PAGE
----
Astronomers Monday announced the discovery of a record eruption from a quasar 2 billion light years away, an unimaginable three-minute burst of energy that, when viewed from Earth, rivaled the total output of the sun over nearly 1 million years.

"Quasars, even in their quiet state, are really mind boggling in how much energy they radiate," said astronomer Ronald Remillard, co-author of a paper on the flare presented Monday at a meeting of the American Astronomical Society in Philadelphia."That's just part of why so many astronomy researchers are working on trying to really nail down the last secrets about them because it's just phenomenal what they do."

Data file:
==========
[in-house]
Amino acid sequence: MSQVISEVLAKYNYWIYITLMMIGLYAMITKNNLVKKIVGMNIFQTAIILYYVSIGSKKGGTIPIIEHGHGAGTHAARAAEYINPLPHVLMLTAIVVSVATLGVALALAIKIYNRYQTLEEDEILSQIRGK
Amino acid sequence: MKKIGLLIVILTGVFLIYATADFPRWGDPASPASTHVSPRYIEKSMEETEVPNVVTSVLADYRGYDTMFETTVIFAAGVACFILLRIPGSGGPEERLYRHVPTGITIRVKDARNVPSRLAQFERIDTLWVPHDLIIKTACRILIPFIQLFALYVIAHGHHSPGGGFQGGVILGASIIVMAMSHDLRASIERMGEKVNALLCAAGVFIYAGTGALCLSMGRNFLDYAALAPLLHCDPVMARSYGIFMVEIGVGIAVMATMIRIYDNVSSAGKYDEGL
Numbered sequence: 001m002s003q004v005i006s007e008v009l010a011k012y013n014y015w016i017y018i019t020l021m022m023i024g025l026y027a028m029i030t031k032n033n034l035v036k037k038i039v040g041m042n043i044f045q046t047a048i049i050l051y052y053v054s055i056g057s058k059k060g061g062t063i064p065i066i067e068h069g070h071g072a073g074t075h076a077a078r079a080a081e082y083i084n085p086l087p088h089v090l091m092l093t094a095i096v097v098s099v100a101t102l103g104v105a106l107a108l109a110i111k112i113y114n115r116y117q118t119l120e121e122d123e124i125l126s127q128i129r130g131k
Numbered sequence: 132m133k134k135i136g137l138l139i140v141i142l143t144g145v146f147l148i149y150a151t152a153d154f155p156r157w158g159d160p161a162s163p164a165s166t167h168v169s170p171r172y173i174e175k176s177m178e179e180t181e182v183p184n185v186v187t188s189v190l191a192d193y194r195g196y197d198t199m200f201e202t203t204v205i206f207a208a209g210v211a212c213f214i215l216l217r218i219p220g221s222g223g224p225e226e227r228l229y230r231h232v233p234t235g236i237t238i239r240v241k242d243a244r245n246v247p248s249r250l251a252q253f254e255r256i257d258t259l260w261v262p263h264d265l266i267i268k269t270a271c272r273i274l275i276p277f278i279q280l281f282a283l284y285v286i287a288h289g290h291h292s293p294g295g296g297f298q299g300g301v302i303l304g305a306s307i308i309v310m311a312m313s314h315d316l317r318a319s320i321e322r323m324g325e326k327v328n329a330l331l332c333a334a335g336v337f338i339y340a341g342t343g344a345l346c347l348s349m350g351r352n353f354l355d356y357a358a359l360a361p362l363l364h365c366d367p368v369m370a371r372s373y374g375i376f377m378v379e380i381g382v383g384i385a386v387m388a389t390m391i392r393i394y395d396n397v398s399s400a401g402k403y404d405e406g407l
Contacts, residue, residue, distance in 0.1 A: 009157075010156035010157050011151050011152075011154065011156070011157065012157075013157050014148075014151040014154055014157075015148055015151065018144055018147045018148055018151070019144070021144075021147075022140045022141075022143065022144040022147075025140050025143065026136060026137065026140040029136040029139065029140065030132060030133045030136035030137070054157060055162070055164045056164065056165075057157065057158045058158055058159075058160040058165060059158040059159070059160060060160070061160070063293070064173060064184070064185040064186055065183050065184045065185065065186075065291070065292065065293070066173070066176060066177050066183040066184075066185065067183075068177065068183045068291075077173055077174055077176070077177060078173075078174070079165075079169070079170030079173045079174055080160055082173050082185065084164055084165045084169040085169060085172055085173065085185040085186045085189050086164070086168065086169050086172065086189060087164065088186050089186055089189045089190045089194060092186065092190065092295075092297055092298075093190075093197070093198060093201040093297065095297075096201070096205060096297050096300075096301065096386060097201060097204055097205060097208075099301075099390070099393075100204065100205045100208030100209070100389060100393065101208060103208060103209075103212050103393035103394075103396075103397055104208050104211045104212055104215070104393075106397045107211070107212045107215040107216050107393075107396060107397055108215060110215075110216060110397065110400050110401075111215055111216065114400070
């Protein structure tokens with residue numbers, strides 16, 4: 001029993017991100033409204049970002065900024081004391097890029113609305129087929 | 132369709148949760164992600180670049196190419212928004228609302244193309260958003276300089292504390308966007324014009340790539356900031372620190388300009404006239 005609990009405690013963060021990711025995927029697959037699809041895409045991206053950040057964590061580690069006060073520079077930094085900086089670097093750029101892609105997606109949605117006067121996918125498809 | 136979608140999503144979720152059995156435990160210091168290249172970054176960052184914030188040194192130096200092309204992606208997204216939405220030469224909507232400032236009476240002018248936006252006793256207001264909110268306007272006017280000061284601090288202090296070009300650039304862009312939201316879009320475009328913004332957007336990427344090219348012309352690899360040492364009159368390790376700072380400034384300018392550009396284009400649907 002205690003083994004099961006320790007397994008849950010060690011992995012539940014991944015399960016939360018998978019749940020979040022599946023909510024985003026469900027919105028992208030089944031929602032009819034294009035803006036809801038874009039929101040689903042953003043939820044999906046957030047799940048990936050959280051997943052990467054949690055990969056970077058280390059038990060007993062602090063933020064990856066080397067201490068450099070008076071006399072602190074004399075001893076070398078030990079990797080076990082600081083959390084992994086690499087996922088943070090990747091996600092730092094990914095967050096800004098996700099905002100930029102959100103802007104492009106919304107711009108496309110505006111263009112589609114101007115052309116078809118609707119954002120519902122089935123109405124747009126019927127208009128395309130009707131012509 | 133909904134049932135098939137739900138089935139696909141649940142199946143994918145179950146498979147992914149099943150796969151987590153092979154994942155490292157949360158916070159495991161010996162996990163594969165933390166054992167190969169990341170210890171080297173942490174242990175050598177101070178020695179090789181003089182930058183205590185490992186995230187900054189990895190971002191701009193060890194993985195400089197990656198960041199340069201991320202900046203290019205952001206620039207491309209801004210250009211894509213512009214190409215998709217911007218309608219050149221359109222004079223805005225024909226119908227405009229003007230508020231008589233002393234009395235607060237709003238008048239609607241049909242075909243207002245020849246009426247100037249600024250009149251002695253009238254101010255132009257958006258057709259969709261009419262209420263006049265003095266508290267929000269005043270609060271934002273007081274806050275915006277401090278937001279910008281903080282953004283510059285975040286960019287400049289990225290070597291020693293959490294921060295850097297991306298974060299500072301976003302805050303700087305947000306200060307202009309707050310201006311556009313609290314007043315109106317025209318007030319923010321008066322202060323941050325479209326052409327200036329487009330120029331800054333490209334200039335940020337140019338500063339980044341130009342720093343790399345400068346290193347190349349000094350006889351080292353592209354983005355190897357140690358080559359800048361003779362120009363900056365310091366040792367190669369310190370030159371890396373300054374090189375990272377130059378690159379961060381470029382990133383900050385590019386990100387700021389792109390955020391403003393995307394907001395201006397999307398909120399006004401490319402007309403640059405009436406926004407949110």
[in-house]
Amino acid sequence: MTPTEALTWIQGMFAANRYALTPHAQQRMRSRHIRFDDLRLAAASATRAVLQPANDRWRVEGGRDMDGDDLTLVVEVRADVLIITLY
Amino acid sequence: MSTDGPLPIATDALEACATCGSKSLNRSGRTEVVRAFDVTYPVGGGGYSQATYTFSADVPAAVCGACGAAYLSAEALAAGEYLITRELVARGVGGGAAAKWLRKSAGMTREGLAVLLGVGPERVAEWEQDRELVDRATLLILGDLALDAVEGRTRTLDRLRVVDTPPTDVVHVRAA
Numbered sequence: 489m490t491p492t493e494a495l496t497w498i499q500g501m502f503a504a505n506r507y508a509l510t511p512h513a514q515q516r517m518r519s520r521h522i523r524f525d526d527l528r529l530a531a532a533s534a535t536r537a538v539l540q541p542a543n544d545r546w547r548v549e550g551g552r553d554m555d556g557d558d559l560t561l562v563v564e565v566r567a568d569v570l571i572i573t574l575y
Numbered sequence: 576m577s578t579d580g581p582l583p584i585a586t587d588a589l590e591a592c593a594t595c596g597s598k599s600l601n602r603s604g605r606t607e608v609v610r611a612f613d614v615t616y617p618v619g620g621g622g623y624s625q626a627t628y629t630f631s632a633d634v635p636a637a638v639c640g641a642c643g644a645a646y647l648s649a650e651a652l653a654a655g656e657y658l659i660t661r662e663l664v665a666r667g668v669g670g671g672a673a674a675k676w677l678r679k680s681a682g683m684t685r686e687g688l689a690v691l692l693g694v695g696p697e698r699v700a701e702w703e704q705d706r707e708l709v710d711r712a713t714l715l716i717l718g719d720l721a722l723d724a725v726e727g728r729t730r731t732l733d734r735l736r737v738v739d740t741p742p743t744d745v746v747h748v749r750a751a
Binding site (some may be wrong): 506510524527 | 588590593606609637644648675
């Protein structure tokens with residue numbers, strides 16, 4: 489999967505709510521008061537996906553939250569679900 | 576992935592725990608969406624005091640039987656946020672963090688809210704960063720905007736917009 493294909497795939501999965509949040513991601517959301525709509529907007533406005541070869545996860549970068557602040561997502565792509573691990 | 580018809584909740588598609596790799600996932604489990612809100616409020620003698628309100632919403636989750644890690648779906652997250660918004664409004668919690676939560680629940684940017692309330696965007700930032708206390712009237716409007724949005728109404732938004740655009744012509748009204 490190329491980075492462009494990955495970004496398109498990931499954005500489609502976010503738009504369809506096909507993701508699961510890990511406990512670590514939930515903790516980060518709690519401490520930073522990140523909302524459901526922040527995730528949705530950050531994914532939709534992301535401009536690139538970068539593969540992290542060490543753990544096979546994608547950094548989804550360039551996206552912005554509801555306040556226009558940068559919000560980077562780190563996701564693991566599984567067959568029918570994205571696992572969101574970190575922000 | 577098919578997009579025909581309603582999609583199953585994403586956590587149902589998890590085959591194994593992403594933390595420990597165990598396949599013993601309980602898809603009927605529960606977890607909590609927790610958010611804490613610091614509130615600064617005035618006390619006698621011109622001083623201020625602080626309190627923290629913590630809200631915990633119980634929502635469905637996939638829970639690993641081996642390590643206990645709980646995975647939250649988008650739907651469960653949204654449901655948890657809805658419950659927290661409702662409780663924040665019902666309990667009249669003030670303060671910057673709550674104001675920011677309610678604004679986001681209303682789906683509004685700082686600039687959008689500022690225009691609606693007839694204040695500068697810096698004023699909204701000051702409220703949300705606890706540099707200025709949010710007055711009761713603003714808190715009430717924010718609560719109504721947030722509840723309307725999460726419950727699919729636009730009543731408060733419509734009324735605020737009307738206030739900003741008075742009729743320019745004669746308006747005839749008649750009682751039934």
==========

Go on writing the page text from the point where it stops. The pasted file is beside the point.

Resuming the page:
A Japanese satellite named "Ginga" - Galaxy - recorded the X-ray burst from quasar PKS 0558-504 in the constellation Orion at 8:12 p.m. EST Nov. 13, 1989. The quasar is believed to be 2 billion light years from Earth, so far that light, traveling 186,000 miles per second, took 2 billion years to cover the distance.

Remillard said the signal detected by Ginga indicated a record three-minute eruption equal to the sun's total energy output over nearly 1 million years, assuming the outburst was spread evenly in all directions.